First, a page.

Ephemerides: June, 5th

Francisco Javier Fernández ChentoVincentian ephemeridesLeave a Comment

Author: Benito Martínez, C.M. .
Estimated Reading Time:

1857: In Nantes, Fr. Jean-Baptiste Étienne embarked for Portugal. He was invited by the empress-widow of Brazil, aunt of the king of Portugal, to come to Lisbon to settle the details of the establishment of the Daughters of Charity in the Kingdom. In the middle of last century, the Lazarist province established in Portugal in 1736 and once so successful, was reduced to a single person of visitor, as a result of the 1838 decree abolishing all the religious orders on Portuguese territory. In 1856, a cholera epidemic devastated Portugal. King’s aunt claimed the relief of the Daughters of Charity. Fr. Etienne agreed, but asked that the Priests of the Mission were restored at the same time. A royal decree expressly authorized the restoration of small company on the banks of the Tagus and Fr. Etienne then could go to resolve the practical application of this act with the Portuguese Government.

1870: A terrible fire ravaged Beyoglu (formerly Pera, a district of Constantinople). 5 000 buildings were destroyed and 40 000 people became homeless and utterly. At the Austrian hospital staffed by Daughters of Charity, Sister Kurth remained with heavily sick patients she did not want to abandon. Down in the chapel the ciborium remained in the tabernacle. When everything collapsed, this ciborium, full of waffers, was found standing on the heart of her dead body. She was 29 years.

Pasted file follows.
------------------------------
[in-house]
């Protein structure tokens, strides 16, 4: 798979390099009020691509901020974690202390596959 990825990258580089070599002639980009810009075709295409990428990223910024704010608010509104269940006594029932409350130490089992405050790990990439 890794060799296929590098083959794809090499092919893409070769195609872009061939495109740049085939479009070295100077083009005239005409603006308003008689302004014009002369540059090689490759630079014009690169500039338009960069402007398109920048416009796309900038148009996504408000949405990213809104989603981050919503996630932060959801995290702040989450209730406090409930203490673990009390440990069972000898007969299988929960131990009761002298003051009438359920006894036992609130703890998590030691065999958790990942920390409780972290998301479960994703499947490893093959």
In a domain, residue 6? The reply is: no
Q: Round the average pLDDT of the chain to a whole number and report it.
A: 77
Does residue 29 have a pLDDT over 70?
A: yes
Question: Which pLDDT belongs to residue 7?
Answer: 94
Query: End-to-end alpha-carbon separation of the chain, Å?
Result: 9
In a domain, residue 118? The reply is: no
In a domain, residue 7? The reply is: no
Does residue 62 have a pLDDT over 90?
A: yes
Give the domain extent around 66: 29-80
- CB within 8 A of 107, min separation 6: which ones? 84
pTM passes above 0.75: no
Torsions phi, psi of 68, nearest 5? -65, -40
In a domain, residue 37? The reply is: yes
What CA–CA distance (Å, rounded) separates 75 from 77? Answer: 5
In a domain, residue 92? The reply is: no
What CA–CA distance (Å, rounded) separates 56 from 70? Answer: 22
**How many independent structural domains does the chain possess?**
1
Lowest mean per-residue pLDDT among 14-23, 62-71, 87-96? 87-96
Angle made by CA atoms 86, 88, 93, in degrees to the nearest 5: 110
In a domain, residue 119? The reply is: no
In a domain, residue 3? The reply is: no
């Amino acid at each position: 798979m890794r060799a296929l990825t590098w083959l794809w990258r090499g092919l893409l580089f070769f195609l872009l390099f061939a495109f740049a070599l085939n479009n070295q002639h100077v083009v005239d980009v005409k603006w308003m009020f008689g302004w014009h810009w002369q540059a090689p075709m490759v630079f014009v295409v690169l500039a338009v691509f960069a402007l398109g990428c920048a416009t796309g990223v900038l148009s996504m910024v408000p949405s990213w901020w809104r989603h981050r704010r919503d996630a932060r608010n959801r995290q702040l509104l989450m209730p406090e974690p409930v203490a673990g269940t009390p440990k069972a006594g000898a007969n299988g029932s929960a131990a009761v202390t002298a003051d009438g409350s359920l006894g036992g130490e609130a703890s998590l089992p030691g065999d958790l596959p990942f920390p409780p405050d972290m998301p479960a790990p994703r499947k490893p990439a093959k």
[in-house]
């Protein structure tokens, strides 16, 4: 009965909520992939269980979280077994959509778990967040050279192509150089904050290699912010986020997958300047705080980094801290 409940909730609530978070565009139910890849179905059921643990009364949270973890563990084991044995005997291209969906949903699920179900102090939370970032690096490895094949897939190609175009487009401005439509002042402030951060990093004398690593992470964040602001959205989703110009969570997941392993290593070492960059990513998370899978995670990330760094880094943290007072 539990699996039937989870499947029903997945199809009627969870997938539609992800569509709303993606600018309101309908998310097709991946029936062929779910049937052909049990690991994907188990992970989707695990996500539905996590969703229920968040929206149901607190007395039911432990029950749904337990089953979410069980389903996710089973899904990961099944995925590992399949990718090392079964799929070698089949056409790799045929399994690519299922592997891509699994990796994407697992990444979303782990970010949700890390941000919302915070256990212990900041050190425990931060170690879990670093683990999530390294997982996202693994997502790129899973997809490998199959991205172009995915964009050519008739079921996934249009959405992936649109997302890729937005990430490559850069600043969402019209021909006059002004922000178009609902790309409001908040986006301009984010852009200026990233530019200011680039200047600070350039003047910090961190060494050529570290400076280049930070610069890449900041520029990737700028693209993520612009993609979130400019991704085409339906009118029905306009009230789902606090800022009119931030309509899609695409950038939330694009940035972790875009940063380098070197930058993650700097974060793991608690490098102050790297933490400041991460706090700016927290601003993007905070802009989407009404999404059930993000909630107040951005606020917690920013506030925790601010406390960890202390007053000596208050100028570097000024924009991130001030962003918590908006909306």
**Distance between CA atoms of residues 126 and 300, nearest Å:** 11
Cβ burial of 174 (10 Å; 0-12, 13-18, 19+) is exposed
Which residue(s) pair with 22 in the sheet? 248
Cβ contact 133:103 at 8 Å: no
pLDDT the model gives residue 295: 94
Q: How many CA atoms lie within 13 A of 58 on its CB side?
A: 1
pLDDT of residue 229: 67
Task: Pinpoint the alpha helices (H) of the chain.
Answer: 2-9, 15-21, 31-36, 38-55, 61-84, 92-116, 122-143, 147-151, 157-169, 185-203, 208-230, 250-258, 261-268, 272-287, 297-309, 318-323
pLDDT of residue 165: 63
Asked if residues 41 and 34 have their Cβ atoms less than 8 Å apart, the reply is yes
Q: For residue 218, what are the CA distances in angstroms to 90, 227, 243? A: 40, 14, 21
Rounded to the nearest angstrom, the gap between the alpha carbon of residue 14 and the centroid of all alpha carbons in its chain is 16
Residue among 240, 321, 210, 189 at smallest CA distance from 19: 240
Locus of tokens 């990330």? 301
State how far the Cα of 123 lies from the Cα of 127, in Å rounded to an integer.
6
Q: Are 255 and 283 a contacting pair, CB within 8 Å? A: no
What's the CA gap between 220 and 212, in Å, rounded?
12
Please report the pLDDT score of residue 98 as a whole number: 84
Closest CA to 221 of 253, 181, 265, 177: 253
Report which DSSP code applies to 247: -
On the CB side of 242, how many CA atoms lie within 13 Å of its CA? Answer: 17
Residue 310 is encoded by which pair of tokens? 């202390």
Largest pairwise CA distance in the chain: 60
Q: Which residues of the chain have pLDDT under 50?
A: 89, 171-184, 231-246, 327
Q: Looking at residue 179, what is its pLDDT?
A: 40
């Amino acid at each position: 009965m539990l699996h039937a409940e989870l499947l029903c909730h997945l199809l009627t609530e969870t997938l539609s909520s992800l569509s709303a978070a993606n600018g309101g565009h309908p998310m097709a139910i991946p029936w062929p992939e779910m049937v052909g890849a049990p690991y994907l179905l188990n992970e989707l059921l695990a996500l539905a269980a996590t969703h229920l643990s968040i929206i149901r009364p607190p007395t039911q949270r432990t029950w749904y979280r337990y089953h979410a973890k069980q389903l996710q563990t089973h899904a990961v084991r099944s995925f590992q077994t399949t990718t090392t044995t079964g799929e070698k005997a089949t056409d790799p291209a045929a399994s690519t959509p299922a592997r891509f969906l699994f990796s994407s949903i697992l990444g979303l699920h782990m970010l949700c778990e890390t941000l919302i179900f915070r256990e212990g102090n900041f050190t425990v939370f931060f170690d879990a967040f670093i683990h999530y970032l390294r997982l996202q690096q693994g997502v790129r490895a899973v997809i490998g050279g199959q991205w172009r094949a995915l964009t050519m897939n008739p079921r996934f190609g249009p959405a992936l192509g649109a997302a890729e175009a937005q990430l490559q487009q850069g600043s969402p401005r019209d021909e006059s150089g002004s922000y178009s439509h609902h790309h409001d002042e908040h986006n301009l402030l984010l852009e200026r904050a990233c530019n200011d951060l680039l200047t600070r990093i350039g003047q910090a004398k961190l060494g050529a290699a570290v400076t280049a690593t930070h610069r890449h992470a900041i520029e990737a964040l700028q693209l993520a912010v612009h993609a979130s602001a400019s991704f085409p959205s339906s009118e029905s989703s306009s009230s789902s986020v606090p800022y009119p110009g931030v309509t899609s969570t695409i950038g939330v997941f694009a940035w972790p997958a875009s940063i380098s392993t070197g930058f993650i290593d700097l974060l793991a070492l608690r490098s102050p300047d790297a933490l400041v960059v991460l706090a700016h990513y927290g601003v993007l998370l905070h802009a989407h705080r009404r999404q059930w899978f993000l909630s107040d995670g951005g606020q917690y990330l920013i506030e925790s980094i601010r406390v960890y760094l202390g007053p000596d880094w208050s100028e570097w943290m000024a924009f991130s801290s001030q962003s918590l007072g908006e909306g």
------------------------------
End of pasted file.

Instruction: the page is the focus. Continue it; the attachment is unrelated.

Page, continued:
1922: Election of Mother Inchelin as Superioress General. Before her generalate she was involved in vocational and spiritual formation of Daughters of Charity and open minded for collaboration between various religious communities and with lay nurses as well. In Saint-Joseph, where she returned after her generalate term, nuns from all orders, and lay non-graduates, were received for training courses she created to numerous Sisters preparing for Service of the Poor. She edited a handbook for hospitals and nursing homes care designed for Daughters of Charity. For several generations her instructions maintained in love of the Rules and the Company. In Lourdes she began the Union of Religious Hospitallers which was later extended in the Universal Church.

1939: In Hebo(Aligide Valley, Eritrea), a place where he died, assisted by two doctors and surrounded by many clergymen, including our confrere Fr. Valentino Ferrando d’Adigrat, Msgr Luigi Marinoni, vicar apostolic of Eritrea, recognized the remains of Justin de Jacobis.

1947 Election of Fr. William Slattery as twentieth Superior General of the Congregation of the Mission. He entered the Congregation on June 10, 1913 in Princeton, New Jersey, United States and became the first successor of St. Vincent de Paul who was not French. Daughters of Charity were lead by Mother Lepicard and then succeeded by Mother Blanchot and Fr. Castelin and Jamet as Directors General.

Leave a Reply

Your email address will not be published. Required fields are marked *